Retired film production house co-owner Audrey Lim Yoke-lin, 54, had a hard life in her younger days.
When she was 17, her mother became an invalid and, two years later, her father passed away.
She is the youngest in her family, and has an elder sister and brother. But her athletic skills stood her in good stead. At 19, Lim, then a student of Bukit Bintang Girls’ School (BBGS), represented Malaysia in the SEA Games for the first time in 1983, and again in 1985. Her coaches were the late Ahmed Ishtiaq Mubarak, a Malaysian hurdler and a former Olympic semi-finalist, and (Datuk) Marina Chin, track queen of the 1970s.
In 1987, Lim was awarded a scholarship by the Youth And Sports Ministry to major in Physical Education (Allied Health) in the United States.
She said: “I was blessed to be awarded a federal scholarship to further my studies.”
After completing her studies, she returned to Malaysia and worked in a public-listed conglomerate as a public relations executive.
She also pursued an LCCI Higher Diploma in Advertising, Marketing and PR as well as acquired an MBA from Oklahoma University in the United States. She did both courses part-time in Malaysia.
Armed with these qualifications, she was well equipped to take on the world. Over the next 25 years, she had careers in finance and investment, hospitality, advertising and film production before she took a break from the rat race.
“I was mainly in communications and could glide into many fields,” Lim reflected, rather pleased about her past success.
“The film production business, however, was very draining to my body and soul,” she said.
Lim said it was “a change in family life” that prompted her to take up art. She believes that divine intervention, too, had led to her discovery of her gift of painting, a new hobby that proved to be therapeutic.
In May last year, she starting taking art lessons from Phillip Wong, an accomplished artist and art mentor.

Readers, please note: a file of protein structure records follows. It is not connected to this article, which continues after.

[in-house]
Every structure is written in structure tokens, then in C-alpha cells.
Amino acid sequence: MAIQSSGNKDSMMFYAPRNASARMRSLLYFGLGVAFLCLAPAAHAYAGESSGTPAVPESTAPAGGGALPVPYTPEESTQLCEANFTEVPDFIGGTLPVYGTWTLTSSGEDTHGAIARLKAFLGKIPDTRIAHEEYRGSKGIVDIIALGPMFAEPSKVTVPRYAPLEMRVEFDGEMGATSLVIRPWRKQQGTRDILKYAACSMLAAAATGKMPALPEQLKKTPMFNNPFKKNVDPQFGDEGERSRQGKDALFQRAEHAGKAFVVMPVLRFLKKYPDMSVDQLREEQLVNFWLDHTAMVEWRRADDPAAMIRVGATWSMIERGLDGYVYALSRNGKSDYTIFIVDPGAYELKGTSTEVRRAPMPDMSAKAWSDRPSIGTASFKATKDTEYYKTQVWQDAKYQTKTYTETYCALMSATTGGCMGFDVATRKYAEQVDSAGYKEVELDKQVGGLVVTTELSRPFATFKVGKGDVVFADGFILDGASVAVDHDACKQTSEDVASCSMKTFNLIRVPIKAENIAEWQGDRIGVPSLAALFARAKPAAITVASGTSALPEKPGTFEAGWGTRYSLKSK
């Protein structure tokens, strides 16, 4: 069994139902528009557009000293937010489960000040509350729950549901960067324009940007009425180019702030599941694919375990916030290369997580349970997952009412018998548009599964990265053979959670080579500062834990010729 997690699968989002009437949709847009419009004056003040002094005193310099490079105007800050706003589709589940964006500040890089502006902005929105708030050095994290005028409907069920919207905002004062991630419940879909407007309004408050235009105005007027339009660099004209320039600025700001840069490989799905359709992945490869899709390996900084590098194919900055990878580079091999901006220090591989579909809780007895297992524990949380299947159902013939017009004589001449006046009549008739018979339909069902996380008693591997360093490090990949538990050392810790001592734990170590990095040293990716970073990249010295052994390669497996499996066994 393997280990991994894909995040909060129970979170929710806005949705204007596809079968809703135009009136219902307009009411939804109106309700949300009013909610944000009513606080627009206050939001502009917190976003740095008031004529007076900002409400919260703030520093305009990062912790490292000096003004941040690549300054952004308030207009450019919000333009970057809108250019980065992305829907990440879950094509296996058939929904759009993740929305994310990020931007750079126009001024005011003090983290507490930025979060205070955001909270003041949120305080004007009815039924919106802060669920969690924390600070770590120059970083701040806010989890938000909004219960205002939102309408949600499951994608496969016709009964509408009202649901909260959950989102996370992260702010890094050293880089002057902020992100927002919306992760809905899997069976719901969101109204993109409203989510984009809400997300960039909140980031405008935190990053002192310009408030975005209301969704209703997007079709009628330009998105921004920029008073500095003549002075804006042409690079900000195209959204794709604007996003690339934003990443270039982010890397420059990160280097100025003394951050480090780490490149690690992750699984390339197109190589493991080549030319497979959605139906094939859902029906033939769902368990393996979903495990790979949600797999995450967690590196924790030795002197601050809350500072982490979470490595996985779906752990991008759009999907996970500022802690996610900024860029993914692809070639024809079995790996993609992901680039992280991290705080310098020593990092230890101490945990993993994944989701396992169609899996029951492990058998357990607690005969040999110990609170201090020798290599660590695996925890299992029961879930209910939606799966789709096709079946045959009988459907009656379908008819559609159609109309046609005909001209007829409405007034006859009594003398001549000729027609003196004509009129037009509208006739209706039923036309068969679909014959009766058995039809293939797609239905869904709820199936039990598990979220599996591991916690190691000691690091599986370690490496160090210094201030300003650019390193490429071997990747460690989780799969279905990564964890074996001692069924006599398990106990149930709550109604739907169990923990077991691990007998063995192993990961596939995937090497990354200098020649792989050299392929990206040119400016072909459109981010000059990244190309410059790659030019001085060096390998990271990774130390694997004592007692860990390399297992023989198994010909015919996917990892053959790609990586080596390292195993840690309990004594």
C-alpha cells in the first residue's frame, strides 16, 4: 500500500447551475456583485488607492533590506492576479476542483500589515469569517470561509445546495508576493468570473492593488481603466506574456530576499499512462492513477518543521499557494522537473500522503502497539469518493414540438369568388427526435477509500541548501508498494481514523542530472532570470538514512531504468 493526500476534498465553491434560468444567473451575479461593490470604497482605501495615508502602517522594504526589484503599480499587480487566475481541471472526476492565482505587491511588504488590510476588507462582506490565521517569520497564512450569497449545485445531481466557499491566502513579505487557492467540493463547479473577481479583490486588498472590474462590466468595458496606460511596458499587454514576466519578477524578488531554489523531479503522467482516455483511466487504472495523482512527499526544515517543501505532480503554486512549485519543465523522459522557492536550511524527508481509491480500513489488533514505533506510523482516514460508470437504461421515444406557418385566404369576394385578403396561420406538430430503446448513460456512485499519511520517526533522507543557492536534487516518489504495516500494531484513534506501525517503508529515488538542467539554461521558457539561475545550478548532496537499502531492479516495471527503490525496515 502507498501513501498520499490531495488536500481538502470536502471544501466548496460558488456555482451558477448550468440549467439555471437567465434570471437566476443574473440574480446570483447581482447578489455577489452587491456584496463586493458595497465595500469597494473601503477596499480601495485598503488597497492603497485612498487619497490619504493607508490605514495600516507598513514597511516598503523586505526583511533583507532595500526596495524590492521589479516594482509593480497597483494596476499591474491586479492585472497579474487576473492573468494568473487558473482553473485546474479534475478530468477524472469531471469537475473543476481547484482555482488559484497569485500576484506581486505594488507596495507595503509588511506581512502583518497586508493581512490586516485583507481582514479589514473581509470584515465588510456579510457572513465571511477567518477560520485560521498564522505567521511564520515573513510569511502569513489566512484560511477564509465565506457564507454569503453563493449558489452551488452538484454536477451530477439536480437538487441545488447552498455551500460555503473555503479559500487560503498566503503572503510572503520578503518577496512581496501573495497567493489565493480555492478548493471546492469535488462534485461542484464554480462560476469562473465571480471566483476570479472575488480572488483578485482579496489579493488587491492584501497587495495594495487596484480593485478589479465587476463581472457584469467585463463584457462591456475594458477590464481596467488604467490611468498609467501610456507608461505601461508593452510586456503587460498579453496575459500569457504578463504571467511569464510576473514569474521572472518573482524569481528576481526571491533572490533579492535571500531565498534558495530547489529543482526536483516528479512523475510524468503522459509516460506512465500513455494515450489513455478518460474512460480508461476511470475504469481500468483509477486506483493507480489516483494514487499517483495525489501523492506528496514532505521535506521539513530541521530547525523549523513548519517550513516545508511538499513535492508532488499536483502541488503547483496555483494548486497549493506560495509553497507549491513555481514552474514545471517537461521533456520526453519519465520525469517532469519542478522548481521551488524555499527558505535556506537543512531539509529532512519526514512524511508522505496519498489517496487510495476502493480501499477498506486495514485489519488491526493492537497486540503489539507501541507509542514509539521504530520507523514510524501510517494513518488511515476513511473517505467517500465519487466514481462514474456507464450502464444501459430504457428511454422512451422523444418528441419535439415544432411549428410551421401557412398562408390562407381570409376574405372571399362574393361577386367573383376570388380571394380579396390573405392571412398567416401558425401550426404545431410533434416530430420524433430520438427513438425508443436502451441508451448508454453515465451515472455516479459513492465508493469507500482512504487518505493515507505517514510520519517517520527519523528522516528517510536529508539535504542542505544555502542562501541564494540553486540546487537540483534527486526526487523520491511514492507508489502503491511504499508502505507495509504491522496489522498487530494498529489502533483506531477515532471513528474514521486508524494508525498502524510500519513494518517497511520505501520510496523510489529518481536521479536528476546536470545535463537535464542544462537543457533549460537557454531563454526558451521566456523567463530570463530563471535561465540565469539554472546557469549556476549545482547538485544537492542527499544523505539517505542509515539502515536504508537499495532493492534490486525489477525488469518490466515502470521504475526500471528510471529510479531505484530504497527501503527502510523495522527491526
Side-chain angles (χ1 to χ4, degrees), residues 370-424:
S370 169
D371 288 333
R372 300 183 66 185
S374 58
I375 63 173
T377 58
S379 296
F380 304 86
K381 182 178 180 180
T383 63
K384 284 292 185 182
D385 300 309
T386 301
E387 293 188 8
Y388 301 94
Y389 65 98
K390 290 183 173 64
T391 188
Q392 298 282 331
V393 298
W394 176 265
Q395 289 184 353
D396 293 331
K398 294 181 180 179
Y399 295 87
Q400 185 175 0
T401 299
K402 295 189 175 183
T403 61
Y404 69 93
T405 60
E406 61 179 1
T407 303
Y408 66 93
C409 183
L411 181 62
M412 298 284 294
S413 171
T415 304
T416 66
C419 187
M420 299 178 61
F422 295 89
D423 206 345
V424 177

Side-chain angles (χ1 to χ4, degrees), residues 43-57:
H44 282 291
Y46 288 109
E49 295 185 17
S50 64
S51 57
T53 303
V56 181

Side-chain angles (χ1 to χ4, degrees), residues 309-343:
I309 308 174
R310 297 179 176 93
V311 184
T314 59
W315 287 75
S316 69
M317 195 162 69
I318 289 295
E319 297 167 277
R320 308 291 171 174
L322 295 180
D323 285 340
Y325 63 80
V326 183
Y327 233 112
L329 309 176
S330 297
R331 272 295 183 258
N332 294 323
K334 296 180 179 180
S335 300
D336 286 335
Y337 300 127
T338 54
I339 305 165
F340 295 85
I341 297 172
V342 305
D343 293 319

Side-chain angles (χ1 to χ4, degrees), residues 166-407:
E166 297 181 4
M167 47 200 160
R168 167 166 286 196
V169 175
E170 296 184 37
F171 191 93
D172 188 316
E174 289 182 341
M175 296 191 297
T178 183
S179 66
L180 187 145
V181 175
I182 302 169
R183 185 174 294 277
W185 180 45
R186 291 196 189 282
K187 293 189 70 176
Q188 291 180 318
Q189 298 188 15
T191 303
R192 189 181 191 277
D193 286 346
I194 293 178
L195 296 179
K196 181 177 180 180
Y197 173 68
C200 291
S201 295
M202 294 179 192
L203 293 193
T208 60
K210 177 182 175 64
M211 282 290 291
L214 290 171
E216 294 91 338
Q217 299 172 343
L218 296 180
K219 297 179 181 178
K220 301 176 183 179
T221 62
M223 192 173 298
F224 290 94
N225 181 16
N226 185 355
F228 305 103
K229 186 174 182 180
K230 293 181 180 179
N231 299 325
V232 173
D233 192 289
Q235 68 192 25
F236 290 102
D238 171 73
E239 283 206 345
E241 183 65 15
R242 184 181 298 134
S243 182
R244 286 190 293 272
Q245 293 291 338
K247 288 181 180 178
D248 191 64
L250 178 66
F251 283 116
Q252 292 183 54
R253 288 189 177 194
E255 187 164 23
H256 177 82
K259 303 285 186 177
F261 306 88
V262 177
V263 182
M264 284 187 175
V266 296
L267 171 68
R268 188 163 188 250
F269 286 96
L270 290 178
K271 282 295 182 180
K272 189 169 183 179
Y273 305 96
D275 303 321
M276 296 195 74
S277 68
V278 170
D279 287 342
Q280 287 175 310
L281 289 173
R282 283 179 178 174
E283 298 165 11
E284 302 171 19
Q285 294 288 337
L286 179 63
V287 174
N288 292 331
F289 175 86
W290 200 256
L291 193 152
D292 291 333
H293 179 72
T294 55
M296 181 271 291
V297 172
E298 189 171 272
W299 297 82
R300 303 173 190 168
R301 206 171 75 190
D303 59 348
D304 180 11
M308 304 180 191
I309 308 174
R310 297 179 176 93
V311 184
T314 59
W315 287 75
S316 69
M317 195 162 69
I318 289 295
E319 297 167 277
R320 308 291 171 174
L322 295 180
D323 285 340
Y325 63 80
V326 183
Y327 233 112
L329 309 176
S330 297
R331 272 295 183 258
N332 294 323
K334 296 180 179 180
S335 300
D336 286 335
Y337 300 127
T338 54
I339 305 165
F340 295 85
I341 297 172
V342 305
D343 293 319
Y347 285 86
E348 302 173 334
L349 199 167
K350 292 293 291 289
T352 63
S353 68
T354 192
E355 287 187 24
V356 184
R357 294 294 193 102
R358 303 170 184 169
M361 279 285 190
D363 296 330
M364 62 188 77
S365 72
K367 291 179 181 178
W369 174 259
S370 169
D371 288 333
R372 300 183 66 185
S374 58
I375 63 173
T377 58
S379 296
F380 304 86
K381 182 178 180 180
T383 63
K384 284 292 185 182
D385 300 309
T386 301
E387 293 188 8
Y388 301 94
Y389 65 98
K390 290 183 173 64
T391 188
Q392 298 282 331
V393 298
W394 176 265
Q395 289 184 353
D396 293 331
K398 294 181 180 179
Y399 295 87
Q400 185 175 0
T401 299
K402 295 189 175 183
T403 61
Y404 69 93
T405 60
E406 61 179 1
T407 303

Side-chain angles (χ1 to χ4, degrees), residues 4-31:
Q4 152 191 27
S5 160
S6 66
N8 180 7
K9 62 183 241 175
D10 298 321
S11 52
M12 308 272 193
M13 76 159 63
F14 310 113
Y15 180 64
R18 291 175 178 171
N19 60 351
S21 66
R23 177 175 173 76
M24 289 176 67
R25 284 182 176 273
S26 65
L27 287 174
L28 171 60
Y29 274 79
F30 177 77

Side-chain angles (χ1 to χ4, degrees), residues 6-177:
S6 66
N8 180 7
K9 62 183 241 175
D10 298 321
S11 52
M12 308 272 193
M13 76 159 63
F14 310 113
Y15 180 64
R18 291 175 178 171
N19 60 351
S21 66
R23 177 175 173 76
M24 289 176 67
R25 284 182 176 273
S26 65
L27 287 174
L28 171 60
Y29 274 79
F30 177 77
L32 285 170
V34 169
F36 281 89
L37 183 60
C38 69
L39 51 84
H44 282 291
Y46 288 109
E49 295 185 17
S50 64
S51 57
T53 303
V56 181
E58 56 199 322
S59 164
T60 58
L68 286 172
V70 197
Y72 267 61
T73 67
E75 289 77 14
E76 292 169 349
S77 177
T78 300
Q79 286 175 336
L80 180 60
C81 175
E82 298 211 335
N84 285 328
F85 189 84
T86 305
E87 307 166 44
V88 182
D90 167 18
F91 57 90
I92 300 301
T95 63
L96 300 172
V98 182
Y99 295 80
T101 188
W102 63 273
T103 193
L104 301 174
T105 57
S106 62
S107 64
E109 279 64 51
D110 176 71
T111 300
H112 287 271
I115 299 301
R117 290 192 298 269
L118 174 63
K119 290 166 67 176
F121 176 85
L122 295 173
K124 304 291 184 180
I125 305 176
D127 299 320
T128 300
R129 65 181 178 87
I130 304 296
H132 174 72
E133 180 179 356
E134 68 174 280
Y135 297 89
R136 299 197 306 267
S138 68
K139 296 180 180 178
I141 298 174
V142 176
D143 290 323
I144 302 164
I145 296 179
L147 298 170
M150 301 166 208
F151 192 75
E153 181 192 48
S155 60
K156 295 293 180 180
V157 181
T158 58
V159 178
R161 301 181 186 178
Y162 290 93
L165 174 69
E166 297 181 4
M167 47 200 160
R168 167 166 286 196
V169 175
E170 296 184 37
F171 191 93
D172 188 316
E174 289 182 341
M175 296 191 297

Her medium is acrylic on canvas. Rather than paint with brushes, most of the time she uses palette knives because she feels that she can express herself with the same energy of an athlete.
In March this year, she participated in the 46th Asia Invitation Art Exhibition in Seoul, South Korea, with her artwork, Angelic Love. In April, she participated in the Love & Care charity art exhibition in support of Hospis Malaysia’s Palliative Care Awareness month, with two pieces of art, I Remember You and Lost In The Moment. (The latter piece was sold.)
Just last month, she was one of the featured artists in I Can Care Celcom cat painting exhibition in aid of University Malaya Care. This year, when the BBGS alumni decided on a fund-raising gala dinner on Oct 6, Lim was more than delighted to pitch in and help. It was her chance to give back to her alma mater.
She has chosen to do it via A Journey Of Art-spiration: Faces (audreyartspiration.com/artwork), her online art showcase and “silent auction” of 32 abstract artworks, from now until Oct 8. Proceeds from the auction will be donated to BBGS’ Elena Cooke Education Fund (ECEF).
At the time of writing, there were nine bids and one outright buy, she said.
Set up by BBGS Alumni Berhad (BAB), the education fund aims to give scholarships to needy and deserving Malaysian students for tertiary education in Malaysia.
“To mark 125 years of excellence of BBGS, BAB aims to raise RM1.25 million for the ECEF,” said Lim, who is in the BBGS125 organising committee. She added that it would be good if she could sell all her paintings for a good cause.
Love for the arts
Lim admits that she has always been a health freak who tries to eat wholesome foods.
She said: “I love to cook from scratch and decorate my food like in a fine-dining restaurant, even when eating at home. I still do gym workouts or high-intensity interval training.”
But she regards taking up painting as the best part of retirement.
“I have found a new love, I guess. I like and appreciate the arts. I used to go for theatre acts, musicals and orchestra performances, and now visit art exhibitions to get inspired,” she added.
Recently, she submitted an artwork for a South-East Asian competition, UOB Painting of the Year. She hopes to submit another artwork for a competition in Venice next month.
She said: “I’m trying to see where I stand in the world platform where fine art is concerned.”
While life has been good overall, Lim thinks she is a dreamer.
She mused: “Sometimes, I feel I’ve been born in the wrong continent. I always felt I should be living in a city like Paris, Barcelona or London, where it’s oozing with the richness of the arts.”